“Need­less to say, it was pretty hu­mil­i­at­ing,” he said.

What both­ered him the most, Bullis said, was that the court had de­ter­mined his visi­ta­tion rights based on a prej­u­diced as­sump­tion: that he was not a ca­pa­ble par­ent be­cause he was blind.

“They say things such as, ‘The blind per­son can’t do any­thing and they’ve never been able to do it,’ even though they’ve been do­ing it for years,” Maneki said.

He fought the de­ci­sion in court, and the judge called for so­cial ser­vices to con­duct a home study to de­ter­mine whether Bullis could pro­vide ap­pro­pri­ate care for his daugh­ter.

Af­ter per­form­ing the study, the so­cial ser­vices case­worker said he would have ap­proved the home for a sighted par­ent, Bullis said, but he was hes­i­tant to clear it for a blind per­son. So Bullis spent the next hour ad­dress­ing all of the case­worker’s con­cerns and ques­tions, demon­strat­ing ev­ery­day tasks around his own house.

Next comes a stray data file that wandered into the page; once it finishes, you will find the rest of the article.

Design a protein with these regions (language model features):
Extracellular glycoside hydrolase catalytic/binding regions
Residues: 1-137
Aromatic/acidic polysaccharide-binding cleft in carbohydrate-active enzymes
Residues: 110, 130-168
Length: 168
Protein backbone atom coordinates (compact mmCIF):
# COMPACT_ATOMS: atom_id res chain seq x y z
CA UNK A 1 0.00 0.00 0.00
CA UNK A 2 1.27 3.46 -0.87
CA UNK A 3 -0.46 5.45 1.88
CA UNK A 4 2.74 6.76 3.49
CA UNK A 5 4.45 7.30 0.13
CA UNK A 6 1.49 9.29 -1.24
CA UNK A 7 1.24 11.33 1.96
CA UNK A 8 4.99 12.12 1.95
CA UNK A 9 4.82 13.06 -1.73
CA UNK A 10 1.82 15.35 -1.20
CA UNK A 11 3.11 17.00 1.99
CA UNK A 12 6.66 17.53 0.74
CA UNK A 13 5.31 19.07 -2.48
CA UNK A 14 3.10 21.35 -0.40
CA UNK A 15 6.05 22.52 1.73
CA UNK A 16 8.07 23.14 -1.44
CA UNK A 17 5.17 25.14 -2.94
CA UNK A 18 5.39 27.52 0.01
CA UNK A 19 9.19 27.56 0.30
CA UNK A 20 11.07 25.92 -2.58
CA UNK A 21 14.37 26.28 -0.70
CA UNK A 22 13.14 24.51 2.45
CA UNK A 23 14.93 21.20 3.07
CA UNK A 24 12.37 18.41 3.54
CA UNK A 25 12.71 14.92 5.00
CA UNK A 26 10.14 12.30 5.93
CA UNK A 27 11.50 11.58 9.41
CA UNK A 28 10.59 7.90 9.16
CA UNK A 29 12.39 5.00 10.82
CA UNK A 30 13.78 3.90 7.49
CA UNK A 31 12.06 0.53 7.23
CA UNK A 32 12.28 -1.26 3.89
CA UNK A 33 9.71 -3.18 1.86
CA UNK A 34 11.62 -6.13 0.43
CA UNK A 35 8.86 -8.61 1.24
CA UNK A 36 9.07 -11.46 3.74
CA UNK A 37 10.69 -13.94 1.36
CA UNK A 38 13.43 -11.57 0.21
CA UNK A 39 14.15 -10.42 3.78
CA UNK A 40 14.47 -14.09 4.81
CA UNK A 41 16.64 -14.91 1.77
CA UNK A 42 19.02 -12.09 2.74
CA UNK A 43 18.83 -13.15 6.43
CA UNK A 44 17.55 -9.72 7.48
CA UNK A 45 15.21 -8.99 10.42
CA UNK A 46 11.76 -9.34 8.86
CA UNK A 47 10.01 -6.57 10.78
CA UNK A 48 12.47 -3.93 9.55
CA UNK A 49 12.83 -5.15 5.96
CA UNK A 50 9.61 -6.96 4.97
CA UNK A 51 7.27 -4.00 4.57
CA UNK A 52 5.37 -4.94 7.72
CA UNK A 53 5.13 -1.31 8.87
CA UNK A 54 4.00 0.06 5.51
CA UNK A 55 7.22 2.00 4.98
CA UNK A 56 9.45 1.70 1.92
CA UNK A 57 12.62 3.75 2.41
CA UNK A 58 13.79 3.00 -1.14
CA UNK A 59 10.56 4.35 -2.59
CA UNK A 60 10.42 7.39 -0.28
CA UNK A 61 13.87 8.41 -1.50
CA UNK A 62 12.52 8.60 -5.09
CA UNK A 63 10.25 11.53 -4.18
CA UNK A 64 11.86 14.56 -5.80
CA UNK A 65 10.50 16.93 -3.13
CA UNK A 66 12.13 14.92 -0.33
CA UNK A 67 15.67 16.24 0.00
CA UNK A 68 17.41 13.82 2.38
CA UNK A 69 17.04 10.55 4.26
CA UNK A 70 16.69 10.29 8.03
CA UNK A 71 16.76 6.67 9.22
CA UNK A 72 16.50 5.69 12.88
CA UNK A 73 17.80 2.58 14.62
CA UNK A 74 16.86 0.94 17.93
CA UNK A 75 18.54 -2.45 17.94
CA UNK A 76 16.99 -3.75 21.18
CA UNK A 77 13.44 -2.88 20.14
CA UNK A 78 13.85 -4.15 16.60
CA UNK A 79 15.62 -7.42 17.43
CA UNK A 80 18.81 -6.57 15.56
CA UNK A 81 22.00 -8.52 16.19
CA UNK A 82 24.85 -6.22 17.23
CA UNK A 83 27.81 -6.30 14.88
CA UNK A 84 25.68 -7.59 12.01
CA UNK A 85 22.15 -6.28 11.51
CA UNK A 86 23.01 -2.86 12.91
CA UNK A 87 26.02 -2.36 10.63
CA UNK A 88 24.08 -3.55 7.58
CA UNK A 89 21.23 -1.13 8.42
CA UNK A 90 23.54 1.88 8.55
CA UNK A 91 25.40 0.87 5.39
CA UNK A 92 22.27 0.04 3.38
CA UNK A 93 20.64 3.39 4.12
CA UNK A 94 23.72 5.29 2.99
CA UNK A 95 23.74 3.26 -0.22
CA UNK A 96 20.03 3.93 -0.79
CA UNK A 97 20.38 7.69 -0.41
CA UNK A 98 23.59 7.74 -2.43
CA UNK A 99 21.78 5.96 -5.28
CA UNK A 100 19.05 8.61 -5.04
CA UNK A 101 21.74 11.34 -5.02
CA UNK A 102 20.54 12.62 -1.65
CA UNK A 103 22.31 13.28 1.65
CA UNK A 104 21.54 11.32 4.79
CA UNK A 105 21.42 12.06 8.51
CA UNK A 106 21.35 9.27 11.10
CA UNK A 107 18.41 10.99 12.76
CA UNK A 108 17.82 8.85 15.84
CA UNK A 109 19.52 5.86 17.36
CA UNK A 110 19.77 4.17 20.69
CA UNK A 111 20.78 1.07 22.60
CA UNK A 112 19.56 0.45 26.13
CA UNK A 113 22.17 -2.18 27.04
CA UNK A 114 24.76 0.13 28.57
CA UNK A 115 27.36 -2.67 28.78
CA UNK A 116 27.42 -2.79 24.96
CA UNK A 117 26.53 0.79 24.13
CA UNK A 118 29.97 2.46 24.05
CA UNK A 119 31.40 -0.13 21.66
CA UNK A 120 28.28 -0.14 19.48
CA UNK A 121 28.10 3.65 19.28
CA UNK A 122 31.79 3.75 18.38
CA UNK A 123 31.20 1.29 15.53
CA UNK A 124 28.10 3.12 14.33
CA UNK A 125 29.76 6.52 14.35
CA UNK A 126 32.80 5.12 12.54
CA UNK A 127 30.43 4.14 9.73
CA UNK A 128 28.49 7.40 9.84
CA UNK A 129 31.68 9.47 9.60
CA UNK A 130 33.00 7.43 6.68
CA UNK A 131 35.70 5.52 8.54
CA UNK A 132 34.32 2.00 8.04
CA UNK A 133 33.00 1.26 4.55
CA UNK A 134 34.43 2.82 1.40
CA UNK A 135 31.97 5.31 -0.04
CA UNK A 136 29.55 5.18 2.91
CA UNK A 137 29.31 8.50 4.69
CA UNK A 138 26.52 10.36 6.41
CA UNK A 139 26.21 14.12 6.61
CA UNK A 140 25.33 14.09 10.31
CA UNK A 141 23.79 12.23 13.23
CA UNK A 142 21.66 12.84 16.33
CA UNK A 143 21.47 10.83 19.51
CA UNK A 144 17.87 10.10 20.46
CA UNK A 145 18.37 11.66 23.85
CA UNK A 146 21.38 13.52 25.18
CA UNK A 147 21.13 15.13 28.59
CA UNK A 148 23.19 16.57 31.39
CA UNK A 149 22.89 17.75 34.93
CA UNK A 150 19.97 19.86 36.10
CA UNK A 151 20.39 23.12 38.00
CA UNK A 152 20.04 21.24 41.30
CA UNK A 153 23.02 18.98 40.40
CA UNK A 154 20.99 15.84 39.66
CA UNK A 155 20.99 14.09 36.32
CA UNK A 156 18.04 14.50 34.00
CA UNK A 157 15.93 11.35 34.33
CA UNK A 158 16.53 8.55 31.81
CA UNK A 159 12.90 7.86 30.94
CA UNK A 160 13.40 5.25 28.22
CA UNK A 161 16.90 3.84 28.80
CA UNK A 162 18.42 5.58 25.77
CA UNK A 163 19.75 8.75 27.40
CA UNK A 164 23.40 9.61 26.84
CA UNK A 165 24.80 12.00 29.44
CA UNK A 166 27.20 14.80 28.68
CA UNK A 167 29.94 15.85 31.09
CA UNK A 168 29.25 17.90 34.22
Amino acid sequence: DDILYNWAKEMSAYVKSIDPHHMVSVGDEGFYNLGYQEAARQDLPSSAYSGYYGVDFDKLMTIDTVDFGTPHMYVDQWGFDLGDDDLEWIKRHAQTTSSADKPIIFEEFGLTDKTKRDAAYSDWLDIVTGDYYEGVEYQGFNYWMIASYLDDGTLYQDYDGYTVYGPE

With Bullis’ ex­pla­na­tion, the case­worker filed a pos­i­tive re­port that did not ex­press any con­cerns about dis­abil­ity, and in 2008, the judge granted Bullis un­su­per­vised visi­ta­tion rights of his daugh­ter.

“I wasn’t go­ing to let him go un­til he heard ev­ery­thing I had to say,” Bullis said. “His re­port could have killed me.”

The case­worker sub­mit­ted the proper re­port, Bullis said, be­cause the judge’s let­ter only asked so­cial ser­vices to eval­u­ate his abil­i­ties, not his blind­ness.

“For some rea­son, with dis­abil­ity, you could bring up imag­i­nary sub­jects and the court lis­tened to it.” Fighting for le­gal par­ity While his own case was on­go­ing, Bullis joined the Na­tional Fed­er­a­tion of the Blind in pur­su­ing state leg­is­la­tion to en­sure other blind par­ents would not have to face the same up­hill le­gal bat­tle he faced, he said.